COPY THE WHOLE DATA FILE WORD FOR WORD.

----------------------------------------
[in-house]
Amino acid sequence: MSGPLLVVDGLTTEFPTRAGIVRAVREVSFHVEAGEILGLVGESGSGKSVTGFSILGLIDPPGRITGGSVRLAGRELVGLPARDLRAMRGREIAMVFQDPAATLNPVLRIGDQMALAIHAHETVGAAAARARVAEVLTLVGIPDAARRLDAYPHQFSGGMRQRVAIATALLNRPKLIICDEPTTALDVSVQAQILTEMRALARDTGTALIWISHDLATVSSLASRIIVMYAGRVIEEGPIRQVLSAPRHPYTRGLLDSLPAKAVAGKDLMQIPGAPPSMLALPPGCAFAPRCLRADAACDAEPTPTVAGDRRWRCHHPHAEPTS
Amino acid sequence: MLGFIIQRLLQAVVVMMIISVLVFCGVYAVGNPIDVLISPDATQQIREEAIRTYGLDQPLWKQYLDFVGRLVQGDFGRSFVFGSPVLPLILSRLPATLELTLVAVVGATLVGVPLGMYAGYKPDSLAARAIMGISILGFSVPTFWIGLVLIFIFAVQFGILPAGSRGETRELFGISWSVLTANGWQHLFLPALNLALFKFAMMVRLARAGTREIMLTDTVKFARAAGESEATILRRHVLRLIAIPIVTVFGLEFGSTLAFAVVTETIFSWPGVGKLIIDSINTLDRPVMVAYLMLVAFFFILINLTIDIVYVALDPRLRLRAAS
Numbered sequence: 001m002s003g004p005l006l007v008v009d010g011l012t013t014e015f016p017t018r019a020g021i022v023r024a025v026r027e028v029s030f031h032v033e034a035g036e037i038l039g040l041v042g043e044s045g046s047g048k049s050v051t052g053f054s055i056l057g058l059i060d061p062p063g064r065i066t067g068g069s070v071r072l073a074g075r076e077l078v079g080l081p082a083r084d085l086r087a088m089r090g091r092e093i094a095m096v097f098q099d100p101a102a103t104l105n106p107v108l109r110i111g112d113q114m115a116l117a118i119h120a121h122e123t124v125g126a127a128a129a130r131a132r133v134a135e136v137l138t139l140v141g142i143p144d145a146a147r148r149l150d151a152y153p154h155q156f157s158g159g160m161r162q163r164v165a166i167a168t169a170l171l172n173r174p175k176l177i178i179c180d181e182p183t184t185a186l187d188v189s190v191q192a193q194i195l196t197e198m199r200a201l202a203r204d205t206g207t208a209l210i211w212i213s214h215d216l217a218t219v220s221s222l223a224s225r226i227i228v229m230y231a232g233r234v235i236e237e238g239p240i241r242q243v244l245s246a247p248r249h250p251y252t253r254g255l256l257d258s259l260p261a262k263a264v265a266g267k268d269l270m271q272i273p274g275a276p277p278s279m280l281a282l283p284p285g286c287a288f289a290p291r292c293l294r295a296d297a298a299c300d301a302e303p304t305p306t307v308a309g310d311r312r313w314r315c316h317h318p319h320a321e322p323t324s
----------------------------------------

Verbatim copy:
[in-house]
Amino acid sequence: MSGPLLVVDGLTTEFPTRAGIVRAVREVSFHVEAGEILGLVGESGSGKSVTGFSILGLIDPPGRITGGSVRLAGRELVGLPARDLRAMRGREIAMVFQDPAATLNPVLRIGDQMALAIHAHETVGAAAARARVAEVLTLVGIPDAARRLDAYPHQFSGGMRQRVAIATALLNRPKLIICDEPTTALDVSVQAQILTEMRALARDTGTALIWISHDLATVSSLASRIIVMYAGRVIEEGPIRQVLSAPRHPYTRGLLDSLPAKAVAGKDLMQIPGAPPSMLALPPGCAFAPRCLRADAACDAEPTPTVAGDRRWRCHHPHAEPTS
Amino acid sequence: MLGFIIQRLLQAVVVMMIISVLVFCGVYAVGNPIDVLISPDATQQIREEAIRTYGLDQPLWKQYLDFVGRLVQGDFGRSFVFGSPVLPLILSRLPATLELTLVAVVGATLVGVPLGMYAGYKPDSLAARAIMGISILGFSVPTFWIGLVLIFIFAVQFGILPAGSRGETRELFGISWSVLTANGWQHLFLPALNLALFKFAMMVRLARAGTREIMLTDTVKFARAAGESEATILRRHVLRLIAIPIVTVFGLEFGSTLAFAVVTETIFSWPGVGKLIIDSINTLDRPVMVAYLMLVAFFFILINLTIDIVYVALDPRLRLRAAS
Numbered sequence: 001m002s003g004p005l006l007v008v009d010g011l012t013t014e015f016p017t018r019a020g021i022v023r024a025v026r027e028v029s030f031h032v033e034a035g036e037i038l039g040l041v042g043e044s045g046s047g048k049s050v051t052g053f054s055i056l057g058l059i060d061p062p063g064r065i066t067g068g069s070v071r072l073a074g075r076e077l078v079g080l081p082a083r084d085l086r087a088m089r090g091r092e093i094a095m096v097f098q099d100p101a102a103t104l105n106p107v108l109r110i111g112d113q114m115a116l117a118i119h120a121h122e123t124v125g126a127a128a129a130r131a132r133v134a135e136v137l138t139l140v141g142i143p144d145a146a147r148r149l150d151a152y153p154h155q156f157s158g159g160m161r162q163r164v165a166i167a168t169a170l171l172n173r174p175k176l177i178i179c180d181e182p183t184t185a186l187d188v189s190v191q192a193q194i195l196t197e198m199r200a201l202a203r204d205t206g207t208a209l210i211w212i213s214h215d216l217a218t219v220s221s222l223a224s225r226i227i228v229m230y231a232g233r234v235i236e237e238g239p240i241r242q243v244l245s246a247p248r249h250p251y252t253r254g255l256l257d258s259l260p261a262k263a264v265a266g267k268d269l270m271q272i273p274g275a276p277p278s279m280l281a282l283p284p285g286c287a288f289a290p291r292c293l294r295a296d297a298a299c300d301a302e303p304t305p306t307v308a309g310d311r312r313w314r315c316h317h318p319h320a321e322p323t324s